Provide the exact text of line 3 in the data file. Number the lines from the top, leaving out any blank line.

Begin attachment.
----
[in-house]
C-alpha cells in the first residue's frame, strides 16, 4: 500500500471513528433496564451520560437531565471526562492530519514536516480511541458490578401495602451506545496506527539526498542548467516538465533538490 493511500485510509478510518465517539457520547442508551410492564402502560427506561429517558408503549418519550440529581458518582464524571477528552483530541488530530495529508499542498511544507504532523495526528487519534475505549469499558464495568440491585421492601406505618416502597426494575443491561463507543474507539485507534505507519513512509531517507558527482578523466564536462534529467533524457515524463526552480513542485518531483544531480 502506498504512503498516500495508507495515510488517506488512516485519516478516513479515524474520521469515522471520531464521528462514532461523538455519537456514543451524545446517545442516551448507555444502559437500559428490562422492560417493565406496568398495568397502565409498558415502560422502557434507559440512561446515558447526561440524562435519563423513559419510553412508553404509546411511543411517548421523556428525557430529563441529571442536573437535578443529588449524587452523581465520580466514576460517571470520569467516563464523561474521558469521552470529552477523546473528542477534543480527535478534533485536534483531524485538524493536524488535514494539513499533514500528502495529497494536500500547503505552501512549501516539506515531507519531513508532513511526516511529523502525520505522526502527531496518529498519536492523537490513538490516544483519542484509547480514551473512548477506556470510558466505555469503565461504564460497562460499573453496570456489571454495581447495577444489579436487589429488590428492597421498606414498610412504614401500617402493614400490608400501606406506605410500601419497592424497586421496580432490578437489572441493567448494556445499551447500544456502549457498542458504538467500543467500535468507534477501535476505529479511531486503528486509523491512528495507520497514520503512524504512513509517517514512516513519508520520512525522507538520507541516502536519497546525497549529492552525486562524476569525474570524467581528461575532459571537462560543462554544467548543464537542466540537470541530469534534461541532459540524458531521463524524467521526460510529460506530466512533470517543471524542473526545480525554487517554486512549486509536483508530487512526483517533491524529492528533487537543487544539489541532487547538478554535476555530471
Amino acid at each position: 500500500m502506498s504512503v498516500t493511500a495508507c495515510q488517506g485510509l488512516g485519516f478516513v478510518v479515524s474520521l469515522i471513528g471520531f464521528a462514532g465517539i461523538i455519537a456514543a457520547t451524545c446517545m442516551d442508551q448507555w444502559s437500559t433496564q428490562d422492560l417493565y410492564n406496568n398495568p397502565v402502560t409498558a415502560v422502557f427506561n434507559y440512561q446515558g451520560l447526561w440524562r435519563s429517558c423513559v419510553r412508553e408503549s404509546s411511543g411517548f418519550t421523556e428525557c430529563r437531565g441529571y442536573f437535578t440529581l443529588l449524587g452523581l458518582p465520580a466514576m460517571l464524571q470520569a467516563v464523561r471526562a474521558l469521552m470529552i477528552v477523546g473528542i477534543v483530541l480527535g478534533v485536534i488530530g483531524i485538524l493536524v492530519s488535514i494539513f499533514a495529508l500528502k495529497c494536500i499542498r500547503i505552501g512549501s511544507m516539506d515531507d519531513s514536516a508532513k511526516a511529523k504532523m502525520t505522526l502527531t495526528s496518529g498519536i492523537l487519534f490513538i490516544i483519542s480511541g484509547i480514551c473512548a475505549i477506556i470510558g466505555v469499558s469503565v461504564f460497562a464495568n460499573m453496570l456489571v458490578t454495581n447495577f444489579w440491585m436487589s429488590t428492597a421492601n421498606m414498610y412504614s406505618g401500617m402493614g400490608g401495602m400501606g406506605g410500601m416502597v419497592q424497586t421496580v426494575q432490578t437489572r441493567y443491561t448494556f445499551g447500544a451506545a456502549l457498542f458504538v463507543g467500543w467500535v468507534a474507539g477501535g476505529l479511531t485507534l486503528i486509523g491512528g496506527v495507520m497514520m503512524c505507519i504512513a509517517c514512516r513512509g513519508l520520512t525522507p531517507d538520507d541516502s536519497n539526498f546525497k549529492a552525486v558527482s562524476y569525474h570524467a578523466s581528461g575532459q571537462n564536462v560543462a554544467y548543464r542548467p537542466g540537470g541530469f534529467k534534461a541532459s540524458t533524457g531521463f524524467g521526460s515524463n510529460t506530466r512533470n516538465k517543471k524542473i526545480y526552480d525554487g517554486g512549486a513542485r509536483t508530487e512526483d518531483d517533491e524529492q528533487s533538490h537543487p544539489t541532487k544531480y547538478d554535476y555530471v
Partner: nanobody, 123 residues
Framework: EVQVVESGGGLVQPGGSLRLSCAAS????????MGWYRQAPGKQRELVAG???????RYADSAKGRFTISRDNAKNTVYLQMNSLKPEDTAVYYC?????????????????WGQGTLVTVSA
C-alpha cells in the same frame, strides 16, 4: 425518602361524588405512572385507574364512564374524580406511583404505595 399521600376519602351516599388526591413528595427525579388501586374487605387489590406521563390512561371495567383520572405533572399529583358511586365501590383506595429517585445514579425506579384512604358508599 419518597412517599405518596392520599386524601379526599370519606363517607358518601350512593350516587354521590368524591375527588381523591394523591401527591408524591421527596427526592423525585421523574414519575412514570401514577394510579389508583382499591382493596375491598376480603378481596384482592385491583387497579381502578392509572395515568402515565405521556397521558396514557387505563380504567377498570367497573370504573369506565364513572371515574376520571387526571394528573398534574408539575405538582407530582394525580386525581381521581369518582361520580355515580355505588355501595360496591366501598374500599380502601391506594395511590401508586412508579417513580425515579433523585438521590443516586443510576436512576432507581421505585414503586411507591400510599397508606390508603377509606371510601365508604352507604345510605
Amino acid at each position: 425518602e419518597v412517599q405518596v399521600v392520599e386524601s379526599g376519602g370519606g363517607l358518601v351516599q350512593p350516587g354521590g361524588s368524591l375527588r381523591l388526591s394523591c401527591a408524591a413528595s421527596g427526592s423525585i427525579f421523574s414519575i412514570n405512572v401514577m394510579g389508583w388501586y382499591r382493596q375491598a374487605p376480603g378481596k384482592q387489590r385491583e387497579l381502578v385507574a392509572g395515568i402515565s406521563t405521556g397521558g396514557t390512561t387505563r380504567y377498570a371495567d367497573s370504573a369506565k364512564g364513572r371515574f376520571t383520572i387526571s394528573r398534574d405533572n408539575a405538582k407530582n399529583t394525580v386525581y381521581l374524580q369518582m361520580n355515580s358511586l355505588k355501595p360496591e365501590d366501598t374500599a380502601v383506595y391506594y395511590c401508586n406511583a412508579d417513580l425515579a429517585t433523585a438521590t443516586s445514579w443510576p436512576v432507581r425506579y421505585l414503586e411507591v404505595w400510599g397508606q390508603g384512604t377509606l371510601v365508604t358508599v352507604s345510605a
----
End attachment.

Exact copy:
Amino acid at each position: 500500500m502506498s504512503v498516500t493511500a495508507c495515510q488517506g485510509l488512516g485519516f478516513v478510518v479515524s474520521l469515522i471513528g471520531f464521528a462514532g465517539i461523538i455519537a456514543a457520547t451524545c446517545m442516551d442508551q448507555w444502559s437500559t433496564q428490562d422492560l417493565y410492564n406496568n398495568p397502565v402502560t409498558a415502560v422502557f427506561n434507559y440512561q446515558g451520560l447526561w440524562r435519563s429517558c423513559v419510553r412508553e408503549s404509546s411511543g411517548f418519550t421523556e428525557c430529563r437531565g441529571y442536573f437535578t440529581l443529588l449524587g452523581l458518582p465520580a466514576m460517571l464524571q470520569a467516563v464523561r471526562a474521558l469521552m470529552i477528552v477523546g473528542i477534543v483530541l480527535g478534533v485536534i488530530g483531524i485538524l493536524v492530519s488535514i494539513f499533514a495529508l500528502k495529497c494536500i499542498r500547503i505552501g512549501s511544507m516539506d515531507d519531513s514536516a508532513k511526516a511529523k504532523m502525520t505522526l502527531t495526528s496518529g498519536i492523537l487519534f490513538i490516544i483519542s480511541g484509547i480514551c473512548a475505549i477506556i470510558g466505555v469499558s469503565v461504564f460497562a464495568n460499573m453496570l456489571v458490578t454495581n447495577f444489579w440491585m436487589s429488590t428492597a421492601n421498606m414498610y412504614s406505618g401500617m402493614g400490608g401495602m400501606g406506605g410500601m416502597v419497592q424497586t421496580v426494575q432490578t437489572r441493567y443491561t448494556f445499551g447500544a451506545a456502549l457498542f458504538v463507543g467500543w467500535v468507534a474507539g477501535g476505529l479511531t485507534l486503528i486509523g491512528g496506527v495507520m497514520m503512524c505507519i504512513a509517517c514512516r513512509g513519508l520520512t525522507p531517507d538520507d541516502s536519497n539526498f546525497k549529492a552525486v558527482s562524476y569525474h570524467a578523466s581528461g575532459q571537462n564536462v560543462a554544467y548543464r542548467p537542466g540537470g541530469f534529467k534534461a541532459s540524458t533524457g531521463f524524467g521526460s515524463n510529460t506530466r512533470n516538465k517543471k524542473i526545480y526552480d525554487g517554486g512549486a513542485r509536483t508530487e512526483d518531483d517533491e524529492q528533487s533538490h537543487p544539489t541532487k544531480y547538478d554535476y555530471v